2. Currently, the pressure to moderate is unequally applied to some technology companies and not to others. Furthermore, while the pressure is increasing on social media companies, there does not seem to be any similar pressures applied to traditional media. It is well known that some traditional media regularly misrepresent information, wrap facts with many layers of subjective or unverifiable information, or author information in a carefully chosen way to reinforce certain biased views. It is therefore unclear how impactful the regulation of social media would be when other media can publish misrepresented information regularly. There is currently very little research on understanding and measuring this impact and on tracking where misinformation originates and how it propagates across various media platforms.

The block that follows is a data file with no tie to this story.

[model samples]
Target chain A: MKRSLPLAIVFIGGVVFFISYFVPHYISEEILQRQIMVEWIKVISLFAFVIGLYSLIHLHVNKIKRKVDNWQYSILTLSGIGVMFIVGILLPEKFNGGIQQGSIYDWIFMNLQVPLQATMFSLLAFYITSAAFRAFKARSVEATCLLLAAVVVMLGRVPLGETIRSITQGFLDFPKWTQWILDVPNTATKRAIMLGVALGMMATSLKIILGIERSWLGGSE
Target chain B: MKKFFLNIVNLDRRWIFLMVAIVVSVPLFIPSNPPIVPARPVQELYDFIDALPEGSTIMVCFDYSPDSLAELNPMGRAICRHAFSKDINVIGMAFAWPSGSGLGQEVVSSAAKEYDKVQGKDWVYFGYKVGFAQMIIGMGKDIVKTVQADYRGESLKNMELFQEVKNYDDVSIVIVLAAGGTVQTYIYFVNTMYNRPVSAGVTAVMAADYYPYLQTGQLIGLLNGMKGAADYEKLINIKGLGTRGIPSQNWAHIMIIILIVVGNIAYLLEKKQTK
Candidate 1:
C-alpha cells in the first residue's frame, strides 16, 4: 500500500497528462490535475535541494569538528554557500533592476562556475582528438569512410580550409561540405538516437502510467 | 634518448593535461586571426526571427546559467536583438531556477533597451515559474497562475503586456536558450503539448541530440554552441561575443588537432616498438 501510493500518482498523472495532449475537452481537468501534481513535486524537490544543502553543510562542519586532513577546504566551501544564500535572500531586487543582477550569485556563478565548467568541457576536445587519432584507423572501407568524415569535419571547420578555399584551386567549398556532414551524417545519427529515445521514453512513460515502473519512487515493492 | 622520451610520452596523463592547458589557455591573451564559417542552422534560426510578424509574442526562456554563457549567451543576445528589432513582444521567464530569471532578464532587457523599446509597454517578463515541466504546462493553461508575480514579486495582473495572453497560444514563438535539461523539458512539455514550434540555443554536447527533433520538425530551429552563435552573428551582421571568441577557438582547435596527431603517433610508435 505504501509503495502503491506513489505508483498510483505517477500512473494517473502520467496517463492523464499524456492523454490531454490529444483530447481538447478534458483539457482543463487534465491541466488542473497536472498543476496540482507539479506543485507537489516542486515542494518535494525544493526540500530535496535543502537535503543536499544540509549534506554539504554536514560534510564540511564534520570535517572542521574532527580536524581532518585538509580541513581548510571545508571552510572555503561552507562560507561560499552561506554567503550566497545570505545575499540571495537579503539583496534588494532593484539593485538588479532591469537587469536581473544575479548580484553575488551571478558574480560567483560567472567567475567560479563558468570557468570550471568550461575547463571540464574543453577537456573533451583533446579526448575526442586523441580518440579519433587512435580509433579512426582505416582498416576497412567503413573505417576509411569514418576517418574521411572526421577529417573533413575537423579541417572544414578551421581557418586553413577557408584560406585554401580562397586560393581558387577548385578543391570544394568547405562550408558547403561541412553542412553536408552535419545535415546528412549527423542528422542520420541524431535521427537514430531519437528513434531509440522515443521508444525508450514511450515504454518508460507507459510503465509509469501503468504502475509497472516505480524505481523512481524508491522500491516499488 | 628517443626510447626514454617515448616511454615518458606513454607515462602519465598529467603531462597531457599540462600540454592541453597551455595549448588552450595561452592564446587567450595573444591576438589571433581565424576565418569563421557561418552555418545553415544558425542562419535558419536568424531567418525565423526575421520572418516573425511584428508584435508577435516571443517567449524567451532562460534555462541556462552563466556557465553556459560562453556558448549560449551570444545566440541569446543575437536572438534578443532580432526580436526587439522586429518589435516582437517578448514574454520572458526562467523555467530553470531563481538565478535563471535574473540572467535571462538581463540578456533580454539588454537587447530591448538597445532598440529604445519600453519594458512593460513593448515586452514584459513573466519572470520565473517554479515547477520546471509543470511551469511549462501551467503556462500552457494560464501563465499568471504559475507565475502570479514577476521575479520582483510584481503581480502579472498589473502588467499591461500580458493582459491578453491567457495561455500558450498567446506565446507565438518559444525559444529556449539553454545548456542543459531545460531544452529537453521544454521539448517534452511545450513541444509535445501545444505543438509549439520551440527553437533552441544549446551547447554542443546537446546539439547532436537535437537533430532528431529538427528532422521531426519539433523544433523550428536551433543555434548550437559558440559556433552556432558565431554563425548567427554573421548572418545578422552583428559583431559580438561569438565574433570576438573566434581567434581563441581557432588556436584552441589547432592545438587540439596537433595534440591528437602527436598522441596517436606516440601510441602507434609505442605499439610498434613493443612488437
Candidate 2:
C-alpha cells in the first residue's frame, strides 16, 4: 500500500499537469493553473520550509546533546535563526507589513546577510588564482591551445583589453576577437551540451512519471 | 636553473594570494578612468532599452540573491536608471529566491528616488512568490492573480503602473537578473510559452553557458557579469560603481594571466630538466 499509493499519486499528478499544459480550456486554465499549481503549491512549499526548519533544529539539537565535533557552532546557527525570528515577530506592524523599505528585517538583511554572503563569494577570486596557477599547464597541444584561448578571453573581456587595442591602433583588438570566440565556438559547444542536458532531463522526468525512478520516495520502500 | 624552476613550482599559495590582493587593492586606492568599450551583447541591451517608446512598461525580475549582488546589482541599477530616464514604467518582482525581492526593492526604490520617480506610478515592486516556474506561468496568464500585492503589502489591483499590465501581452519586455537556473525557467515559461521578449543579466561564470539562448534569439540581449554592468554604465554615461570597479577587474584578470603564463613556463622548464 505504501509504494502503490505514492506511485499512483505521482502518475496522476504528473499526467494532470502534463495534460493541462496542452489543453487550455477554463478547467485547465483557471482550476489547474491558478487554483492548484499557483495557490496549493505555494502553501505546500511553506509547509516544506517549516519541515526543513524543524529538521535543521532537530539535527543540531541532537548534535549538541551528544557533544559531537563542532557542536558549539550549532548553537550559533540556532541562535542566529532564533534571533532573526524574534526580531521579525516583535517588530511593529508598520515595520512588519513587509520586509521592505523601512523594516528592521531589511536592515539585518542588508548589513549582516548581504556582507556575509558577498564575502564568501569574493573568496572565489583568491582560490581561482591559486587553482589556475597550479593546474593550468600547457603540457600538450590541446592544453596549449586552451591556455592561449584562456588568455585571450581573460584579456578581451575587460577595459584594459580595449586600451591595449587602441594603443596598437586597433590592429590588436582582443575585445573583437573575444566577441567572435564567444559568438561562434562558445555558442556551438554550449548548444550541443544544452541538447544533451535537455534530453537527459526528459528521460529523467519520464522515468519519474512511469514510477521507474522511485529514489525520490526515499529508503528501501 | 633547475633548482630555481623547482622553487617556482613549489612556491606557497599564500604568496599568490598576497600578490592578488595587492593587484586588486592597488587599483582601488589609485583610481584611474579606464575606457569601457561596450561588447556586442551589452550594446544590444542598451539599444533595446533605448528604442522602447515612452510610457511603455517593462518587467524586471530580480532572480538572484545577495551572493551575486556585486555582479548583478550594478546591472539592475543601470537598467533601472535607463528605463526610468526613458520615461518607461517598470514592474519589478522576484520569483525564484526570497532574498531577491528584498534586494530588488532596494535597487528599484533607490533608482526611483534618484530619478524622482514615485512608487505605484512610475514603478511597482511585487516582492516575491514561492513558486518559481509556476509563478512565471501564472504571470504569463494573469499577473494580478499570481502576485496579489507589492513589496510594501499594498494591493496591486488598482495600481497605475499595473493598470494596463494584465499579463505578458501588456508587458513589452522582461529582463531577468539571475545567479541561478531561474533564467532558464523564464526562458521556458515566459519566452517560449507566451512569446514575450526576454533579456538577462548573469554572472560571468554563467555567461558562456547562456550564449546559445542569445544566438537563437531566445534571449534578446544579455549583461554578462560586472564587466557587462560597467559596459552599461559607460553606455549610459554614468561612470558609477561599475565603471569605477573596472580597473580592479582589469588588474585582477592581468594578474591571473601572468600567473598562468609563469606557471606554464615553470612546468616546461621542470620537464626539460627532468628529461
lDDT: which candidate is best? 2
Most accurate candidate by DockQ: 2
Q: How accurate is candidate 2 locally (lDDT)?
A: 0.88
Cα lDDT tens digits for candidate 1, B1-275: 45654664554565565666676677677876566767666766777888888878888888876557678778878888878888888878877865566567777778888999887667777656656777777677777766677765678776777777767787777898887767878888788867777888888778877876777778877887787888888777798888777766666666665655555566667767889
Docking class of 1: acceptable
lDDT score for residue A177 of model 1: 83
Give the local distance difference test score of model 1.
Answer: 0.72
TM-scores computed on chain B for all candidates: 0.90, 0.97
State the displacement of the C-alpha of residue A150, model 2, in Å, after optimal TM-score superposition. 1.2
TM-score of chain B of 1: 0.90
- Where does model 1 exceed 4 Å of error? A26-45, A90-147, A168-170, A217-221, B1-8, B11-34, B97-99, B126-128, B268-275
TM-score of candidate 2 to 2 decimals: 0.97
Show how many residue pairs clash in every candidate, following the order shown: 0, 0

3. There is evidence that some influencing politicians in the UK frequently spread information on social media that was published by unreliable and biased sources. If politicians, journalists, and media organisations, are not put under similar moderation processes and pressures, are not held accountable to sharing misinformation, then it is unclear how effective our efforts will be in tackling misinformation at the societal level.

 

 

 

About The Open University

 

  1.          The OU’s mission is to be Open to people, places, methods and ideas. For most of our undergraduate qualifications there are no academic entry requirements. We believe students should have the opportunity to succeed irrespective of their previous experiences of education.

 

  1.          The OU operates across all four nations of the UK and has 175,000 students. We teach four in ten part-time UK undergraduates (41%).